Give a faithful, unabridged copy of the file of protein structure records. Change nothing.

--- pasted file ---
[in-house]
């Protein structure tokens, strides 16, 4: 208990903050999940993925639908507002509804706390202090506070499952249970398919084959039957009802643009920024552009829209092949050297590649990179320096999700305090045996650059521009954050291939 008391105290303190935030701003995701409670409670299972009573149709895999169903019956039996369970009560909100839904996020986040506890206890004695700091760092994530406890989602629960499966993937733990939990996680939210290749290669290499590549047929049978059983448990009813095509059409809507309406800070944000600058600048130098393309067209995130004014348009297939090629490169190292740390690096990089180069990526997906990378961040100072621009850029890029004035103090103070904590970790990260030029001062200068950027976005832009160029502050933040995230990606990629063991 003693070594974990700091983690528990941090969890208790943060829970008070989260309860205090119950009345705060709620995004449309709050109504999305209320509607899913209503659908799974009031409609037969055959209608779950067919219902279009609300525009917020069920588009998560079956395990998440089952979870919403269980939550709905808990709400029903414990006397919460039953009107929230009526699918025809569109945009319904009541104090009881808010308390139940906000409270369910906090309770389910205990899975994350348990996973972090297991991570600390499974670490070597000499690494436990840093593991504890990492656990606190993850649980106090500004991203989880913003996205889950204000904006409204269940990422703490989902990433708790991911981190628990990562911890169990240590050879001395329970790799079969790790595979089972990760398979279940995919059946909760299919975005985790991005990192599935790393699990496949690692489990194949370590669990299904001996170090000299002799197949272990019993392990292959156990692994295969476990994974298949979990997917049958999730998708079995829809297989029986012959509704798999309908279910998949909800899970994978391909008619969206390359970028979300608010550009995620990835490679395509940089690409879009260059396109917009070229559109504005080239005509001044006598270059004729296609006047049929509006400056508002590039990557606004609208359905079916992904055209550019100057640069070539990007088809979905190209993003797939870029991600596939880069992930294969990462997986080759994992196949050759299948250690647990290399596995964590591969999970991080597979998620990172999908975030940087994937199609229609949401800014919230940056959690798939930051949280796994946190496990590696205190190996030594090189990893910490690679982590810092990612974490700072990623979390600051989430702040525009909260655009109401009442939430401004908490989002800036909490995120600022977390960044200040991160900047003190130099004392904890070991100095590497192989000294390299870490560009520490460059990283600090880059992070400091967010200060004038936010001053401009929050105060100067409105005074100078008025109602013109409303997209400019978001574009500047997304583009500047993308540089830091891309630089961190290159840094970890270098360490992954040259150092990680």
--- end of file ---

[in-house]
């Protein structure tokens, strides 16, 4: 208990903050999940993925639908507002509804706390202090506070499952249970398919084959039957009802643009920024552009829209092949050297590649990179320096999700305090045996650059521009954050291939 008391105290303190935030701003995701409670409670299972009573149709895999169903019956039996369970009560909100839904996020986040506890206890004695700091760092994530406890989602629960499966993937733990939990996680939210290749290669290499590549047929049978059983448990009813095509059409809507309406800070944000600058600048130098393309067209995130004014348009297939090629490169190292740390690096990089180069990526997906990378961040100072621009850029890029004035103090103070904590970790990260030029001062200068950027976005832009160029502050933040995230990606990629063991 003693070594974990700091983690528990941090969890208790943060829970008070989260309860205090119950009345705060709620995004449309709050109504999305209320509607899913209503659908799974009031409609037969055959209608779950067919219902279009609300525009917020069920588009998560079956395990998440089952979870919403269980939550709905808990709400029903414990006397919460039953009107929230009526699918025809569109945009319904009541104090009881808010308390139940906000409270369910906090309770389910205990899975994350348990996973972090297991991570600390499974670490070597000499690494436990840093593991504890990492656990606190993850649980106090500004991203989880913003996205889950204000904006409204269940990422703490989902990433708790991911981190628990990562911890169990240590050879001395329970790799079969790790595979089972990760398979279940995919059946909760299919975005985790991005990192599935790393699990496949690692489990194949370590669990299904001996170090000299002799197949272990019993392990292959156990692994295969476990994974298949979990997917049958999730998708079995829809297989029986012959509704798999309908279910998949909800899970994978391909008619969206390359970028979300608010550009995620990835490679395509940089690409879009260059396109917009070229559109504005080239005509001044006598270059004729296609006047049929509006400056508002590039990557606004609208359905079916992904055209550019100057640069070539990007088809979905190209993003797939870029991600596939880069992930294969990462997986080759994992196949050759299948250690647990290399596995964590591969999970991080597979998620990172999908975030940087994937199609229609949401800014919230940056959690798939930051949280796994946190496990590696205190190996030594090189990893910490690679982590810092990612974490700072990623979390600051989430702040525009909260655009109401009442939430401004908490989002800036909490995120600022977390960044200040991160900047003190130099004392904890070991100095590497192989000294390299870490560009520490460059990283600090880059992070400091967010200060004038936010001053401009929050105060100067409105005074100078008025109602013109409303997209400019978001574009500047997304583009500047993308540089830091891309630089961190290159840094970890270098360490992954040259150092990680």